How the Internal Revenue Service Selects Individual Income Tax Returns for Audit
GGD-76-55: Published: Nov 5, 1976. Publicly Released: Nov 5, 1976.
- Full Report:
GAO reviewed the process used by the Internal Revenue Service (IRS) to select individual tax returns for audit.
GAO found that most tax returns are selected for audit by a computer or a person other than the examiners who will audit them, and procedures generally protect the taxpayer against abuse. At district offices, most returns are selected because they have good audit potential. About 70 percent of returns audited by district offices are selected by a two-stage system. Returns are first scored as to their audit potential by a computer using sophisticated mathematical formulas. The highest scored returns are then manually screened to determine if an audit is warranted, and, in most cases, what items of income and deductions should be examined. Examiners can sometimes request returns for audit without having to explain why they need them. Overpayers are less likely to have their returns audited than those who underpay. Not enough is known about why taxpayers do or do not comply with the tax laws.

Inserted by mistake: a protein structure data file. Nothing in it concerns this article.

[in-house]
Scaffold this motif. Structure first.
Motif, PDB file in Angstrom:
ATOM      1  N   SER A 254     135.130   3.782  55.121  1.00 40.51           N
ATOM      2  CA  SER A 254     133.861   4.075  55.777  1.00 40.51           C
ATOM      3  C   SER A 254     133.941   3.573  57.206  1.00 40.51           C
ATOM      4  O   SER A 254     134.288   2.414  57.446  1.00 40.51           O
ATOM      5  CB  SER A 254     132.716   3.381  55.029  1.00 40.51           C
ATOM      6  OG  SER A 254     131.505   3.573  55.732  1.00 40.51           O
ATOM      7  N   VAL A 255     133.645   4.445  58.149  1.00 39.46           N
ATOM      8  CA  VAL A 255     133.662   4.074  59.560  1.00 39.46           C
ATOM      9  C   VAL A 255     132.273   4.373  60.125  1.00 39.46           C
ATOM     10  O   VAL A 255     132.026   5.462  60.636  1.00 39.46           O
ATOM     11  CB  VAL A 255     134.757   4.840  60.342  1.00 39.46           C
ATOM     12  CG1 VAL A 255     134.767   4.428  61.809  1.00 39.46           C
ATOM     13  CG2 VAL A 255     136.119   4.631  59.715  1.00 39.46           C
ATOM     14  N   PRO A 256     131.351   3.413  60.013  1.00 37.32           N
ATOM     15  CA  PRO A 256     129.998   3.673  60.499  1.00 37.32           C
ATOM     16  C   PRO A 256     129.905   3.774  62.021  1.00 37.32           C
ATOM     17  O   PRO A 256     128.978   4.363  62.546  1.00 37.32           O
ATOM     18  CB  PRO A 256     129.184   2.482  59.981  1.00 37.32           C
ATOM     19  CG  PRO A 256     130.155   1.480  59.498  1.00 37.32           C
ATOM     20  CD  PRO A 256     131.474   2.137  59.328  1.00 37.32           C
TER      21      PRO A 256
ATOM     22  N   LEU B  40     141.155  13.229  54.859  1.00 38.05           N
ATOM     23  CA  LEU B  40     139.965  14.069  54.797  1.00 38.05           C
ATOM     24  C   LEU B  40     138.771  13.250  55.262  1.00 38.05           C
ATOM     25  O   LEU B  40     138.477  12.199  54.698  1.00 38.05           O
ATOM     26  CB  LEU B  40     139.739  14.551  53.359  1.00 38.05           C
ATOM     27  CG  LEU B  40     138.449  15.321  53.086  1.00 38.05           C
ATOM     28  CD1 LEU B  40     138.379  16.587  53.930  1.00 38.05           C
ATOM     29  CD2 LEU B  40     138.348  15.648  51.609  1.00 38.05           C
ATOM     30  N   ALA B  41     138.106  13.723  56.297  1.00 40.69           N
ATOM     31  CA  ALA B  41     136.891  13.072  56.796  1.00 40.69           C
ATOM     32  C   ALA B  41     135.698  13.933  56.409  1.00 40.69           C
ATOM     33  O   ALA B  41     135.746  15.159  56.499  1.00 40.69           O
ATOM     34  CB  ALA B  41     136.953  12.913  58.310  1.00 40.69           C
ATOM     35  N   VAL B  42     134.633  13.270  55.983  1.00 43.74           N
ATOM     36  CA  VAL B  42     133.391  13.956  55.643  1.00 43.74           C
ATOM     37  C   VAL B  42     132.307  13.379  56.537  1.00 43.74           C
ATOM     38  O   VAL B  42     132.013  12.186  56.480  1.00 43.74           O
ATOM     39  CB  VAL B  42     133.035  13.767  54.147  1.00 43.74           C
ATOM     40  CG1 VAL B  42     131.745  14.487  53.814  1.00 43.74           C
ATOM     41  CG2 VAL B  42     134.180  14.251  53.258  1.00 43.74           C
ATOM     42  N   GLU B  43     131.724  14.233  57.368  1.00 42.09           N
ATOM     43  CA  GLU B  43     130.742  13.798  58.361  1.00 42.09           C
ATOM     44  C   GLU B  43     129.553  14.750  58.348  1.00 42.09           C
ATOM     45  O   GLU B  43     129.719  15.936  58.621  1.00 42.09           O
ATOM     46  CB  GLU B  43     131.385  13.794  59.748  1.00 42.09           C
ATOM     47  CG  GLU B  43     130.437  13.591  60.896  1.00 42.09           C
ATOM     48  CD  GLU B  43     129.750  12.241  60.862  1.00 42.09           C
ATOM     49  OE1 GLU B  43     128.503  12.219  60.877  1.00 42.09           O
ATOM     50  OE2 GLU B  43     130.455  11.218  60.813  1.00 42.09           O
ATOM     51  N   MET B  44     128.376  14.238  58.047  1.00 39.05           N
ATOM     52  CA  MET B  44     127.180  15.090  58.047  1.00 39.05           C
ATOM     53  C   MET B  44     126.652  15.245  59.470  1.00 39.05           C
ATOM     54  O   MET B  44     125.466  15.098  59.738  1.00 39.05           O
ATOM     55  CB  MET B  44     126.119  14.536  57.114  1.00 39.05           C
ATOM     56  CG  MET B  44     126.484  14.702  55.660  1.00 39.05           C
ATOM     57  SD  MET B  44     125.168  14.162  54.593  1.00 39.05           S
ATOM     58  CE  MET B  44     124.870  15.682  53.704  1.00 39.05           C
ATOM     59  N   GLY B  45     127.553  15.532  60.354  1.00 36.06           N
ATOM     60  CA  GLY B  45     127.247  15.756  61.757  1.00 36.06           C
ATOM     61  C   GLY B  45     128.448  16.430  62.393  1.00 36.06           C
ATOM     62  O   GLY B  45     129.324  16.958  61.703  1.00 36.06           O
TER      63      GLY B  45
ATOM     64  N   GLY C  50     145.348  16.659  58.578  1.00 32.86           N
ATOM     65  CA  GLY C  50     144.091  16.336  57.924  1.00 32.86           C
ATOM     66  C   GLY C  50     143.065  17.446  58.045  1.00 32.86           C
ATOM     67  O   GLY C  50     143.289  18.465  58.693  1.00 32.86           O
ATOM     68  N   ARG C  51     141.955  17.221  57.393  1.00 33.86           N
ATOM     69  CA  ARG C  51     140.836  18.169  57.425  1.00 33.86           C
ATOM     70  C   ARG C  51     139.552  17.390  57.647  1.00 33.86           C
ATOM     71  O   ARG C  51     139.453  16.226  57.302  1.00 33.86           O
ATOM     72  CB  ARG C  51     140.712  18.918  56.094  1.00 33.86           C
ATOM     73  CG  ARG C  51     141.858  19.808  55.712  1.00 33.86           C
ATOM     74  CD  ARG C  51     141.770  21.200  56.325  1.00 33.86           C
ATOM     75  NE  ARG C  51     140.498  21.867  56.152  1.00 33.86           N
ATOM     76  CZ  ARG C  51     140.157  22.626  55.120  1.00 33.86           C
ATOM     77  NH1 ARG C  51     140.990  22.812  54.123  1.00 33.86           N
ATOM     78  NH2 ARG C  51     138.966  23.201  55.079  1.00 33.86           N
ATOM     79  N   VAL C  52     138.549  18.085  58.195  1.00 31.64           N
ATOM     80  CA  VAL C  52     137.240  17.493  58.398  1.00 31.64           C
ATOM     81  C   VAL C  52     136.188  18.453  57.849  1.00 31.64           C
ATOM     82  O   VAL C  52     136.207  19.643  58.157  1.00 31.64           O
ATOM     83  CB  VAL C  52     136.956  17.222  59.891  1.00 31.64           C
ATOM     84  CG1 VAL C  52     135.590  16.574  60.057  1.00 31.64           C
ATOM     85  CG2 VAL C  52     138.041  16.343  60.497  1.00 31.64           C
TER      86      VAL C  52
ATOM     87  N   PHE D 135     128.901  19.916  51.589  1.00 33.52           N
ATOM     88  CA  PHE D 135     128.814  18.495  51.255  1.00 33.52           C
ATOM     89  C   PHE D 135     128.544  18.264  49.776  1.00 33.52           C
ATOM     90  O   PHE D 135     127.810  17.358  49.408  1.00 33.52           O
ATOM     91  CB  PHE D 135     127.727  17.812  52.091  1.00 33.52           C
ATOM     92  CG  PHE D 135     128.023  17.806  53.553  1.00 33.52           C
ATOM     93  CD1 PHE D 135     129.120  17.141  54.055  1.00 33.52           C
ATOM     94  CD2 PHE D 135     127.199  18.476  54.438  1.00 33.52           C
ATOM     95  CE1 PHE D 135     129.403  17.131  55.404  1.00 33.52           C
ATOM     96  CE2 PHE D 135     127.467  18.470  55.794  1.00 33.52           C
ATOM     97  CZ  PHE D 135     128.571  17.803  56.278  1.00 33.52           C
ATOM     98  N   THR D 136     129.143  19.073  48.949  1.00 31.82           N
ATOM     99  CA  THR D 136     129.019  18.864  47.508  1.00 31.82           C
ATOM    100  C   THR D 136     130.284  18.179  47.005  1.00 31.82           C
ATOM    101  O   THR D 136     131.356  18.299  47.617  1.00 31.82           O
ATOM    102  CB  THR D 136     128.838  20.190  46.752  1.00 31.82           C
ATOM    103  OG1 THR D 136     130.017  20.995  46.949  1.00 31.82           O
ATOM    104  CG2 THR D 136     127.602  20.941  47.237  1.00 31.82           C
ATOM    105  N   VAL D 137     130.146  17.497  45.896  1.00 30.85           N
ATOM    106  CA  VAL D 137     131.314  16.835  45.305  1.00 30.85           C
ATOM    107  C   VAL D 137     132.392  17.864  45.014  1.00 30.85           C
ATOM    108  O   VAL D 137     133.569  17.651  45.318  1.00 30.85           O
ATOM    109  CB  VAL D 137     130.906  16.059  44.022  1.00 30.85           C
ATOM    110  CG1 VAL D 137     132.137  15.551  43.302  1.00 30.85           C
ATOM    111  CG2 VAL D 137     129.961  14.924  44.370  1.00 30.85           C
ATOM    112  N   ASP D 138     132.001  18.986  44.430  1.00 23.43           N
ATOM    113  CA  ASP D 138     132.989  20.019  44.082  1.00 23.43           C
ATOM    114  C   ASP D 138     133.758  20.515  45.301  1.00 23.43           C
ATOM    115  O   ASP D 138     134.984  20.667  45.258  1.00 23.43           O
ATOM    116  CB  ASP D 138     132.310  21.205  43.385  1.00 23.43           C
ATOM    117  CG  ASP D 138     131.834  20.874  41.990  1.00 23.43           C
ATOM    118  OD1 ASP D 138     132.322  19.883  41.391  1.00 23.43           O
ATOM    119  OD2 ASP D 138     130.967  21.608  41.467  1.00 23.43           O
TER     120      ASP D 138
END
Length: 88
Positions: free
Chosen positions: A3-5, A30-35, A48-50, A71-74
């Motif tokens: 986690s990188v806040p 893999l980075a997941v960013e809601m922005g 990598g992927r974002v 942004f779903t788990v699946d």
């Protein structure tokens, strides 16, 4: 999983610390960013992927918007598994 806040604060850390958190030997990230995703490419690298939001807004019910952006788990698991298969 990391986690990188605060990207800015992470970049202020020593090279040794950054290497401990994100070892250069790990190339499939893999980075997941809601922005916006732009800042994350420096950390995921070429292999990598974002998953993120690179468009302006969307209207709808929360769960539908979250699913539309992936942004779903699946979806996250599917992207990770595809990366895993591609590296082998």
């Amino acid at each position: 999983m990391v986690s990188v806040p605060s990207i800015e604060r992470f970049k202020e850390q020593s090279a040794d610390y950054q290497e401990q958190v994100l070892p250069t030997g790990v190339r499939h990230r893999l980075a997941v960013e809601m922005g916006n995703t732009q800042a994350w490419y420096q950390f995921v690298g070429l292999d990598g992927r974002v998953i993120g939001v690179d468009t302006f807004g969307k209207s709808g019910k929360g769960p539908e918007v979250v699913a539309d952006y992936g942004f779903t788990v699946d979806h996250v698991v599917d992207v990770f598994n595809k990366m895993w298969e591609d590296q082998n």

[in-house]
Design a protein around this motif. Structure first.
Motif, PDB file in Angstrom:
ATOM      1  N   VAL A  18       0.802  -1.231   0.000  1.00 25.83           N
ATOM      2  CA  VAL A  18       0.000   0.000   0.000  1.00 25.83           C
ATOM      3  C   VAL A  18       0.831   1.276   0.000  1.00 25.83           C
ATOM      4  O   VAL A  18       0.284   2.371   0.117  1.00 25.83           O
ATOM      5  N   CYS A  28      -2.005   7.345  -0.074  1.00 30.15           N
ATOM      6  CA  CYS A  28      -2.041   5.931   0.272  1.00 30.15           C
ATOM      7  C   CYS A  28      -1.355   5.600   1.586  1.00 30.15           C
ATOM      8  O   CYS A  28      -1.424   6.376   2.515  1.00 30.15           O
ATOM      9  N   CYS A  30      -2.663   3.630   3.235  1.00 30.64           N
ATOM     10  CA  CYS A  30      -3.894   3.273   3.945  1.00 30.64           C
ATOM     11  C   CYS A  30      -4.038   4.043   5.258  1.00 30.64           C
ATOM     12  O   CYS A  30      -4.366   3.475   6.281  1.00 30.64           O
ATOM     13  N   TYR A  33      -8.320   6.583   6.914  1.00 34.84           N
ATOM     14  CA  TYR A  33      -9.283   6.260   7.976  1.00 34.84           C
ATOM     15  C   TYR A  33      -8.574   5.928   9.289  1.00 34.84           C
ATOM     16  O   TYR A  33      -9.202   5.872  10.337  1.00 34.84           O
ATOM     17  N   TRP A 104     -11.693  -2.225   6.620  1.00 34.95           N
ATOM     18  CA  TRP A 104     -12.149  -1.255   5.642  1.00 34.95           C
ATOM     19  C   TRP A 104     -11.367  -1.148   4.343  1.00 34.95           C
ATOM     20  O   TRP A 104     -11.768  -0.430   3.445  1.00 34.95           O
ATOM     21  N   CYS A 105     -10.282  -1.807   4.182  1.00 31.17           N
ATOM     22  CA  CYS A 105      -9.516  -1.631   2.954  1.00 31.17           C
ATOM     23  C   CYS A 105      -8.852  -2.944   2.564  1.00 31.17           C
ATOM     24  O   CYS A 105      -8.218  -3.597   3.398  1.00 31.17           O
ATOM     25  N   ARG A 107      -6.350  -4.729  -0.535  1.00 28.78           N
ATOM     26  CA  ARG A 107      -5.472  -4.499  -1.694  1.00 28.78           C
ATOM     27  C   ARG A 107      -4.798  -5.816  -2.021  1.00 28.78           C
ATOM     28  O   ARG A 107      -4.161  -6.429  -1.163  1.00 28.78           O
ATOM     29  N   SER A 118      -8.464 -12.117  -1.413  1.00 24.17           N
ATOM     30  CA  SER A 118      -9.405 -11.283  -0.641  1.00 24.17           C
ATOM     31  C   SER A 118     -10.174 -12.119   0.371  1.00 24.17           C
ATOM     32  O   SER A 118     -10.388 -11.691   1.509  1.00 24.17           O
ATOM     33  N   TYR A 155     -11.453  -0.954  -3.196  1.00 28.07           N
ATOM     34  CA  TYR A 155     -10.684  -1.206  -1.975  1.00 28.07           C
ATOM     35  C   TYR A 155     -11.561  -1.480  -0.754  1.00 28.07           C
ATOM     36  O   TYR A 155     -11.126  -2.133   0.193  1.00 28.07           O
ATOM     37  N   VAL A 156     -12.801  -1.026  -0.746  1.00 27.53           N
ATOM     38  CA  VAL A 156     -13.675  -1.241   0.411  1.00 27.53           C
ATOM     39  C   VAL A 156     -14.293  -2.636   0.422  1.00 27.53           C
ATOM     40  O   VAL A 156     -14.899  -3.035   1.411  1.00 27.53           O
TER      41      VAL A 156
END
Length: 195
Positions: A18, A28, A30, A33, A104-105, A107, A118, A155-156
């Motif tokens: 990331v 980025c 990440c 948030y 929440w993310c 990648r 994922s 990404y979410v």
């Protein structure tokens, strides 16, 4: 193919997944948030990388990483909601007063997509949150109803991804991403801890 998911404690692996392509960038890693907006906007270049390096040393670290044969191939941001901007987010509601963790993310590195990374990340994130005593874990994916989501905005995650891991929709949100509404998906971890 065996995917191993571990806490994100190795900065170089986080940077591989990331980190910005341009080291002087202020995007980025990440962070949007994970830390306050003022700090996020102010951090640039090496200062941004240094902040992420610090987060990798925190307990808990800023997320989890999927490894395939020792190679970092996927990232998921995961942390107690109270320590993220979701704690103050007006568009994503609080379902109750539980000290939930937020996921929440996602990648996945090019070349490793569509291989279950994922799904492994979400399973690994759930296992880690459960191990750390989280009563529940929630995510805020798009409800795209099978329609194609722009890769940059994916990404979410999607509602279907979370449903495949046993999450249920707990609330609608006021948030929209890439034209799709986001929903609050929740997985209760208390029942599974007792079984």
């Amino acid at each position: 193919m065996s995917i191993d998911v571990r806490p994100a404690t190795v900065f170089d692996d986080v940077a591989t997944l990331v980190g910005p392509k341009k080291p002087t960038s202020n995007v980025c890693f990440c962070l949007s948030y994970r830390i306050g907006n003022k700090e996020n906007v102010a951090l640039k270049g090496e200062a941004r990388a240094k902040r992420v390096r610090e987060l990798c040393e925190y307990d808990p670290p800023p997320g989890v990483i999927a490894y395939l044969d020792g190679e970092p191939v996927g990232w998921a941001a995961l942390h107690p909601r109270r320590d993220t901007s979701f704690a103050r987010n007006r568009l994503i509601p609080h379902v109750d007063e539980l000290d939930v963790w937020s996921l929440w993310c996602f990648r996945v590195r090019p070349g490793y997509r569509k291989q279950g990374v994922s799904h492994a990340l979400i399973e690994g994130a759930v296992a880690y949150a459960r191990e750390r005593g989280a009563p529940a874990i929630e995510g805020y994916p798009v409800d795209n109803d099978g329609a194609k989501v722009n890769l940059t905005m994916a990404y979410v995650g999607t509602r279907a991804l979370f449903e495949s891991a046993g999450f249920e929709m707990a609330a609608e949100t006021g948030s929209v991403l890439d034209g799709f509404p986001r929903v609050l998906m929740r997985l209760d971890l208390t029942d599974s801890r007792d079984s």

Recommendation for Executive Action
Comments: Please call 202/512-6100 for additional information.
Recommendation: IRS should require its examiners, when requesting a return, to explain on the requisition why they need the return to facilitate review and further protect against abuse. IRS should evaluate the feasibility of devising a system to ensure that a representative number of returns involving overassessments are audited. Action should be taken to achieve uniformity among regions and districts in developing their work plans.